Despite filling the remaining $144.5 million funding gap for Southwest light rail transit, regional planners still hope state leaders will allocate money to the $1.858 billion project in the coming legislative session.
Metropolitan Council board members unanimously voted Wednesday evening to fill the final piece of the project through financing $91.75 million in certificates of participation.
The Counties Transit Improvement Board and the Hennepin County Regional Railroad Authority will fill the remainder of the gap through a combination of additional funding and certificates of participation.
“With this action today, we will have a project,” Met Council Chair Adam Duininck told the board Wednesday night.
Even so, using the certificates wasn’t anyone’s first choice, Duininck acknowledged. The certificates function like bonds, but generally come with more risk and therefore a higher interest rate.
The Met Council wouldn’t issue those bonds until next summer, after the legislative session.
“We still have until the issuance date next summer to potentially revisit the Legislature next year to secure funds in the manner we would prefer,” Duininck said.
Met Council board members offered little pushback Wednesday night.
Council Member Steven Chavez voted to approve the use of the certificates, but said he was concerned it could affect the regional planning board next legislative session, when the Met Council seeks to fund other projects or operating budgets.
“We’re going to be in a position with the Legislature, I think, to look at this action as a precedent, and it may be more difficult down the road to go back to the Legislature for a handshake,” he said, noting that he worried the action could increase reliance on certificates to fund projects.
Wendy Wulff, a Met Council member who wasn’t at the meeting, sent a note read by Chavez that said she would have voted against the measure if she’d been able to attend.
“This will only serve to alienate those we need to work with, not only on this project, but on our entire budget and any other work the [Met] Council does that requires legislative approval,” her letter read.
But most on the board hailed the project as a vital economic and equity driver in the region.
Duininck said in an interview after the vote that he doesn’t plan to make certificates of participation a regular funding mechanism.
The move to use certificates on Southwest should only demonstrate to legislators how urgently a funding commitment was needed, he said.
“This was not a decision made on a whim,” Duininck said. “This was a really difficult decision made by an elected official, being the governor, and a number of people who influence the process.”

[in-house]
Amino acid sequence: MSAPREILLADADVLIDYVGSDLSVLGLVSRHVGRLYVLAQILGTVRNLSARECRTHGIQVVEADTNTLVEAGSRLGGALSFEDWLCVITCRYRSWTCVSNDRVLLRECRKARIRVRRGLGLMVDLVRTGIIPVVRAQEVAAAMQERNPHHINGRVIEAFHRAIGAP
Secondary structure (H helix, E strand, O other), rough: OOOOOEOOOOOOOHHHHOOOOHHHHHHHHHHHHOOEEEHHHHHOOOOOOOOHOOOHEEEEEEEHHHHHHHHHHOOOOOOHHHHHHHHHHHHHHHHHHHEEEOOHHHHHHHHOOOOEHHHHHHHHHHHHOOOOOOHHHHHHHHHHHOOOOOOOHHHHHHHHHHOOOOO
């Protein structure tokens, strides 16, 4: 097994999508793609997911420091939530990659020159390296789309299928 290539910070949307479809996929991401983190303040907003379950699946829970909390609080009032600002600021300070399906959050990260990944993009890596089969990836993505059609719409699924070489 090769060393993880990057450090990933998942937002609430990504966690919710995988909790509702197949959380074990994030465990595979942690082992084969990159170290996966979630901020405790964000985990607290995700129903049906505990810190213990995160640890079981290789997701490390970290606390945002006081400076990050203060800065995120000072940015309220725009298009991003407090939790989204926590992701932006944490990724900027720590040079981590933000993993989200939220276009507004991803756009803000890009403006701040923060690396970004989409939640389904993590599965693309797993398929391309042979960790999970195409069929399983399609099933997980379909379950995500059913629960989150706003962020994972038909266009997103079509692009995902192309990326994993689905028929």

Council member Gail Dorfman said that, though she didn’t prefer using certificates, “the only bad option would be to walk away from this project.”
“If we walk away from this project we are breaking a promise and the partnerships that we’ve built,” she said. “We risk walking away from all these other great projects [along the line] that are in various stages of planning.”
Representatives from chambers of commerce along the 14.-5-mile route echoed Dorfman Thursday.
Brad Meier, president of the TwinWest Chamber of Commerce, said the chamber has supported this project for the better part of a decade.
“We see the economic opportunity for the region and realize that growth and workforce … and the ability to attract new workers all factor into this particular project,” he said.
The Minneapolis Regional Chamber of Commerce has also stood by the line for years, said John Stanoch, interim president and CEO of the organization.
“From an economic development, talent attraction and retention perspective, this was absolutely essential,” he said.
In Eden Prairie, Pat MulQueeny, president of the Eden Prairie Chamber of Commerce, said he was relieved at the news.
“It’s been a long road to get to this point,” he said.
Hennepin County on Tuesday agreed to fund an additional $20.5 million of the project, bringing its total contribution to $185 million.
The Counties Transit Improvement Board, the project’s largest local funder, on Wednesday morning agreed to fund another $20.5 million of the line and finance $11.75 million in certificates of participation.
In all, CTIB is paying for $516.5 million of the project, not including the certificates of participation financing.
Planners will submit an application for $928.5 million in funding from the Federal Transit Administration near the end of the year.